At this far point they encounter the first Borg cube with the potential to destroy all civilisations in the Federation. Q: “You can’t outrun them, you can’t destroy them… They regenerate and keep coming. Eventually you will weaken. Your reserves will be gone. They are relentless!”
This description from over 30 years ago rings will feel desperately familiar to anyone who has fallen victim to online trolls.
The Borg became frequent foes – even assimilating Captain Picard – but more often than not resistance wasn’t completely futile and our heroes usually overcame. When Seven of Nine was introduced to Voyager, the Borg had adapted. Having been infected by a virus by Species 8472, they needed help and Seven of Nine was dispatched as a quasi-Borg ambassador. She was disconnected from the Collective then adopted the archetype role established by Spock and Data in previous series, the character that allows us to see ourselves as others see us.
“It’s a very fine Star Trek tradition,” Ryan says. “Each incarnation of the show has had the character that is on the outside and objectively commenting on humanity.”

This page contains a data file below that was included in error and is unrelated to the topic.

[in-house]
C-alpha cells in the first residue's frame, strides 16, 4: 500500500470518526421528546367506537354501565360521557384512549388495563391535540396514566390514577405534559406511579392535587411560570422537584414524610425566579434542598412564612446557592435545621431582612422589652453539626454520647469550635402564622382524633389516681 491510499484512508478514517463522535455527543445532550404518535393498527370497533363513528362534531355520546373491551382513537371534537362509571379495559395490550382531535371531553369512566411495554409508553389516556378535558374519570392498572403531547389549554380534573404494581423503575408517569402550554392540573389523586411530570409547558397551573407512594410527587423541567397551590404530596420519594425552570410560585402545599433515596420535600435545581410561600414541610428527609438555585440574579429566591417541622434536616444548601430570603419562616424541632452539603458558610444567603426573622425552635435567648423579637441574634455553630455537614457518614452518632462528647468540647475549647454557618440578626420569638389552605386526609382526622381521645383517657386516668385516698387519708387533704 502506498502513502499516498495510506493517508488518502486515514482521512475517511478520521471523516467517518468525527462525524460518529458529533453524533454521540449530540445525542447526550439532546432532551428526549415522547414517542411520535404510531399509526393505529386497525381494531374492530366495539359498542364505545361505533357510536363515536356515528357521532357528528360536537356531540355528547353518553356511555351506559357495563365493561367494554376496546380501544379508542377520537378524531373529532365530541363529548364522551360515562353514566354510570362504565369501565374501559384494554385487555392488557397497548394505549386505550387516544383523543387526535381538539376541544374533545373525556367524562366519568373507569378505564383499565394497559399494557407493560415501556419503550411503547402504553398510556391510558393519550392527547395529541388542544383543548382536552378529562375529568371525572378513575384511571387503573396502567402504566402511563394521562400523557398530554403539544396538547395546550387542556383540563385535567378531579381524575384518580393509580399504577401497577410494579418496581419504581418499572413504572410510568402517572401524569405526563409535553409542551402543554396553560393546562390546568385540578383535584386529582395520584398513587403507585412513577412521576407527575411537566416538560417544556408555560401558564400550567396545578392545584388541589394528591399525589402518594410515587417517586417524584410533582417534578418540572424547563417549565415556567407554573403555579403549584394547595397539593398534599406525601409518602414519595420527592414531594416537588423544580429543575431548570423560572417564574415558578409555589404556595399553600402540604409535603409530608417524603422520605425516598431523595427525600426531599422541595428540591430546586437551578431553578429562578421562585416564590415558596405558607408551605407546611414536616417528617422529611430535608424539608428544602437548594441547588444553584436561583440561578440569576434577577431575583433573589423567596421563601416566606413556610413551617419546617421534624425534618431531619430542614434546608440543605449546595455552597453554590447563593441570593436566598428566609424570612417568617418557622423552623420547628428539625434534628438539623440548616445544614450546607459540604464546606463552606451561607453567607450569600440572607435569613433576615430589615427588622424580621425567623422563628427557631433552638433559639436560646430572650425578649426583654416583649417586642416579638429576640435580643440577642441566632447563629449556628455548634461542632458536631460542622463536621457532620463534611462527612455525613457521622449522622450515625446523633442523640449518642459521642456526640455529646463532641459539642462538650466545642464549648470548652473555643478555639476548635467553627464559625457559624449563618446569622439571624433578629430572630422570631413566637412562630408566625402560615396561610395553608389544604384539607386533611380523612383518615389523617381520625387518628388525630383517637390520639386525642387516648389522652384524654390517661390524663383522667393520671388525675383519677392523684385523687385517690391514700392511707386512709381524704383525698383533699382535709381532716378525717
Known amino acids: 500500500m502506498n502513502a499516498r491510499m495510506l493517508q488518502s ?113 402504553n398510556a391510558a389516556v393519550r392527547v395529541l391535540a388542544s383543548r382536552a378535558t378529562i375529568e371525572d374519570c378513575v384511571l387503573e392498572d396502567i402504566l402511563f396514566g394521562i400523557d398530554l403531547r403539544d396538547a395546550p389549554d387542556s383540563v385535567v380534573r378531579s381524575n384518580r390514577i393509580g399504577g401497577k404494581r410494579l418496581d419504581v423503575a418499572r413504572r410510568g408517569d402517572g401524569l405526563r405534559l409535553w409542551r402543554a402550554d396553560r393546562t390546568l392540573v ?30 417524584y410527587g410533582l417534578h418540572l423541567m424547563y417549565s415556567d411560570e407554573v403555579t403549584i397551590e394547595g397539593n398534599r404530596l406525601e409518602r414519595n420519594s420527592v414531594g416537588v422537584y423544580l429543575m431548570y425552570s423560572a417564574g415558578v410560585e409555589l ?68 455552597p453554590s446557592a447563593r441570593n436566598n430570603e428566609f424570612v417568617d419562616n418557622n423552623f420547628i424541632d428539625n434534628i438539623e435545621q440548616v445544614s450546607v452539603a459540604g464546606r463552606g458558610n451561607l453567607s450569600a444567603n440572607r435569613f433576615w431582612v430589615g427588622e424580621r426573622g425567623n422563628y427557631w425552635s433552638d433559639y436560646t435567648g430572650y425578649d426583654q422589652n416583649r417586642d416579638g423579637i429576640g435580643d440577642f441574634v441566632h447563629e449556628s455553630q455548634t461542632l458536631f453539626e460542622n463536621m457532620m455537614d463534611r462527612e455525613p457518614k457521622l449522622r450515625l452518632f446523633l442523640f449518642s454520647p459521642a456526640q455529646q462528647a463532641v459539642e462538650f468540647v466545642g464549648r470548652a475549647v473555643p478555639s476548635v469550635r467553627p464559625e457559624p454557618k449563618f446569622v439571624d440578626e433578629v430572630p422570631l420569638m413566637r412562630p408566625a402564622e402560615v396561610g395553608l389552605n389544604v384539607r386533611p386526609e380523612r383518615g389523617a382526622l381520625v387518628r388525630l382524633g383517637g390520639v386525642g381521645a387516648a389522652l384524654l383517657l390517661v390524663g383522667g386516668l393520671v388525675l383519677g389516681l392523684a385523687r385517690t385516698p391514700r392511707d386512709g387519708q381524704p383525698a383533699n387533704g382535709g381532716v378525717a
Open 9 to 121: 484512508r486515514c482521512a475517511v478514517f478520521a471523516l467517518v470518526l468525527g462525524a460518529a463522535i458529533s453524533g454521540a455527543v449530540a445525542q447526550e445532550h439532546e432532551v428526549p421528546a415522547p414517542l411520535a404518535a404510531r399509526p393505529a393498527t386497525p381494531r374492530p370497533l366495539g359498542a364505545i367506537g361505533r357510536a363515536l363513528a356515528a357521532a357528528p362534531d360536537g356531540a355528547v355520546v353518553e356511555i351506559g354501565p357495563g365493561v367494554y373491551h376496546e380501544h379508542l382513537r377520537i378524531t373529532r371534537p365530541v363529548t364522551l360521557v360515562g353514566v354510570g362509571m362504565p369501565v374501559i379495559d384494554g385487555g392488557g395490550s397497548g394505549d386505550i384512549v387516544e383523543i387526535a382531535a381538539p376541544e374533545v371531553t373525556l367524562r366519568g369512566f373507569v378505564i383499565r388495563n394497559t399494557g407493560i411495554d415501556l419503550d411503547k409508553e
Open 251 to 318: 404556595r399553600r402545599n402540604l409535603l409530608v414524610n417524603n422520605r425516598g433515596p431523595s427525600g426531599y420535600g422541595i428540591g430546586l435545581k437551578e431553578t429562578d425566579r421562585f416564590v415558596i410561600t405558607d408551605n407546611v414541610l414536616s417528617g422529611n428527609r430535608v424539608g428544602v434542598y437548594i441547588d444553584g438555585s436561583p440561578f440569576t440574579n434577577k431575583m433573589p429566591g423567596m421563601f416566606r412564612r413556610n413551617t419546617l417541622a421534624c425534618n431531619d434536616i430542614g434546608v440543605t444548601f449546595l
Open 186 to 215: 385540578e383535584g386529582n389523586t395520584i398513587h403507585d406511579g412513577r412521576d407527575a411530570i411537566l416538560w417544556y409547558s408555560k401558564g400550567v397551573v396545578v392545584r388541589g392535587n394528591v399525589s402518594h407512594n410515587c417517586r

There was widespread sentiment – from key cast members too – that Seven was only introduced to make the show appeal to a young male demographic (“Honestly, it didn’t bother me that much to have the costumes like that. She was always an incredibly richly written character. But 20 years later I would like to think it would be a little bit less in your face.) however she quickly became the subject of the most engaging episodes as she wrestled her Borg and human identities.
I wouldn’t have come back if there wasn’t a reason for the character to be there
In the new Star Trek: Picard series, set 20 years down the line, Seven has become a Fenris Ranger trying to uphold order in a galaxy forsaken by a failing Federation.